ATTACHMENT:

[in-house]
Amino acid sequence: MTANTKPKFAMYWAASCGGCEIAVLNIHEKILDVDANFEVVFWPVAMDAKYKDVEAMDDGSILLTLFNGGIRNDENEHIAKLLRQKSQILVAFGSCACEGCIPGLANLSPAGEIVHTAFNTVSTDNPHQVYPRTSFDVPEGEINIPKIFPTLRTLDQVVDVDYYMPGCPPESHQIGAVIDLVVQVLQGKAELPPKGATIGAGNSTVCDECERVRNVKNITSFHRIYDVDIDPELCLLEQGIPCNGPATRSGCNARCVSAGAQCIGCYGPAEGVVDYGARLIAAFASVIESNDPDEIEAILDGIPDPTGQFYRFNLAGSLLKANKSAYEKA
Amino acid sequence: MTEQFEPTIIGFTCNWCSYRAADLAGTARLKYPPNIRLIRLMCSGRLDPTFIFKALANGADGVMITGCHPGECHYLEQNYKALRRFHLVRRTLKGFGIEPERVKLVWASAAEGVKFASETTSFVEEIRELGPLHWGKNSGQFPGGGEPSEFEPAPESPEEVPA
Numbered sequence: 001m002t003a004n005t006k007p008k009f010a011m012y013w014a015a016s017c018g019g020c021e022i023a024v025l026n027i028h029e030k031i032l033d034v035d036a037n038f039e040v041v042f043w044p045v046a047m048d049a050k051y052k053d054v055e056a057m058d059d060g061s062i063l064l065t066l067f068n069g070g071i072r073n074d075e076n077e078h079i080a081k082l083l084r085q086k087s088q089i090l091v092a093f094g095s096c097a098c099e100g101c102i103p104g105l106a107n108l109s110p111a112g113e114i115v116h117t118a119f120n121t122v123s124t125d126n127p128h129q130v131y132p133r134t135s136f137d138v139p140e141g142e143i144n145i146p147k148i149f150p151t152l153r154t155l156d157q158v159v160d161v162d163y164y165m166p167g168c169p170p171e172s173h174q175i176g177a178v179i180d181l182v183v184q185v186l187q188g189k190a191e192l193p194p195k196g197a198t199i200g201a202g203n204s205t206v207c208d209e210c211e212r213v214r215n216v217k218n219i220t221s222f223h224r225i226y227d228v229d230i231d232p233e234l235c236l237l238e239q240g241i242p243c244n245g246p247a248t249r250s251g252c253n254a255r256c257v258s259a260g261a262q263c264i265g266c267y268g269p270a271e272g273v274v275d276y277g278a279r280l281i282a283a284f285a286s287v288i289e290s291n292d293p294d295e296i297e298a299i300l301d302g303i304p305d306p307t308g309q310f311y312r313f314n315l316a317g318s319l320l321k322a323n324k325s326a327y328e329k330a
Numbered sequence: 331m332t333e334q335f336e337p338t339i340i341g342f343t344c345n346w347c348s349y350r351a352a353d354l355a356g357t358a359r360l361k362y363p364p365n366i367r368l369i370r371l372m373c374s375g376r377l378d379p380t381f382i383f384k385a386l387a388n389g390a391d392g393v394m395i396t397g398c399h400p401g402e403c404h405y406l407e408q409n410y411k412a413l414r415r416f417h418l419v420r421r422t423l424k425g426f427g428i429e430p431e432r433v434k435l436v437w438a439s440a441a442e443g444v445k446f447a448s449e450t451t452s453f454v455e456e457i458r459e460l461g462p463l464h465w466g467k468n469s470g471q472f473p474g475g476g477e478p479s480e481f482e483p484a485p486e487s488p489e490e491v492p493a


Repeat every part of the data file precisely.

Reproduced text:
[in-house]
Amino acid sequence: MTANTKPKFAMYWAASCGGCEIAVLNIHEKILDVDANFEVVFWPVAMDAKYKDVEAMDDGSILLTLFNGGIRNDENEHIAKLLRQKSQILVAFGSCACEGCIPGLANLSPAGEIVHTAFNTVSTDNPHQVYPRTSFDVPEGEINIPKIFPTLRTLDQVVDVDYYMPGCPPESHQIGAVIDLVVQVLQGKAELPPKGATIGAGNSTVCDECERVRNVKNITSFHRIYDVDIDPELCLLEQGIPCNGPATRSGCNARCVSAGAQCIGCYGPAEGVVDYGARLIAAFASVIESNDPDEIEAILDGIPDPTGQFYRFNLAGSLLKANKSAYEKA
Amino acid sequence: MTEQFEPTIIGFTCNWCSYRAADLAGTARLKYPPNIRLIRLMCSGRLDPTFIFKALANGADGVMITGCHPGECHYLEQNYKALRRFHLVRRTLKGFGIEPERVKLVWASAAEGVKFASETTSFVEEIRELGPLHWGKNSGQFPGGGEPSEFEPAPESPEEVPA
Numbered sequence: 001m002t003a004n005t006k007p008k009f010a011m012y013w014a015a016s017c018g019g020c021e022i023a024v025l026n027i028h029e030k031i032l033d034v035d036a037n038f039e040v041v042f043w044p045v046a047m048d049a050k051y052k053d054v055e056a057m058d059d060g061s062i063l064l065t066l067f068n069g070g071i072r073n074d075e076n077e078h079i080a081k082l083l084r085q086k087s088q089i090l091v092a093f094g095s096c097a098c099e100g101c102i103p104g105l106a107n108l109s110p111a112g113e114i115v116h117t118a119f120n121t122v123s124t125d126n127p128h129q130v131y132p133r134t135s136f137d138v139p140e141g142e143i144n145i146p147k148i149f150p151t152l153r154t155l156d157q158v159v160d161v162d163y164y165m166p167g168c169p170p171e172s173h174q175i176g177a178v179i180d181l182v183v184q185v186l187q188g189k190a191e192l193p194p195k196g197a198t199i200g201a202g203n204s205t206v207c208d209e210c211e212r213v214r215n216v217k218n219i220t221s222f223h224r225i226y227d228v229d230i231d232p233e234l235c236l237l238e239q240g241i242p243c244n245g246p247a248t249r250s251g252c253n254a255r256c257v258s259a260g261a262q263c264i265g266c267y268g269p270a271e272g273v274v275d276y277g278a279r280l281i282a283a284f285a286s287v288i289e290s291n292d293p294d295e296i297e298a299i300l301d302g303i304p305d306p307t308g309q310f311y312r313f314n315l316a317g318s319l320l321k322a323n324k325s326a327y328e329k330a
Numbered sequence: 331m332t333e334q335f336e337p338t339i340i341g342f343t344c345n346w347c348s349y350r351a352a353d354l355a356g357t358a359r360l361k362y363p364p365n366i367r368l369i370r371l372m373c374s375g376r377l378d379p380t381f382i383f384k385a386l387a388n389g390a391d392g393v394m395i396t397g398c399h400p401g402e403c404h405y406l407e408q409n410y411k412a413l414r415r416f417h418l419v420r421r422t423l424k425g426f427g428i429e430p431e432r433v434k435l436v437w438a439s440a441a442e443g444v445k446f447a448s449e450t451t452s453f454v455e456e457i458r459e460l461g462p463l464h465w466g467k468n469s470g471q472f473p474g475g476g477e478p479s480e481f482e483p484a485p486e487s488p489e490e491v492p493a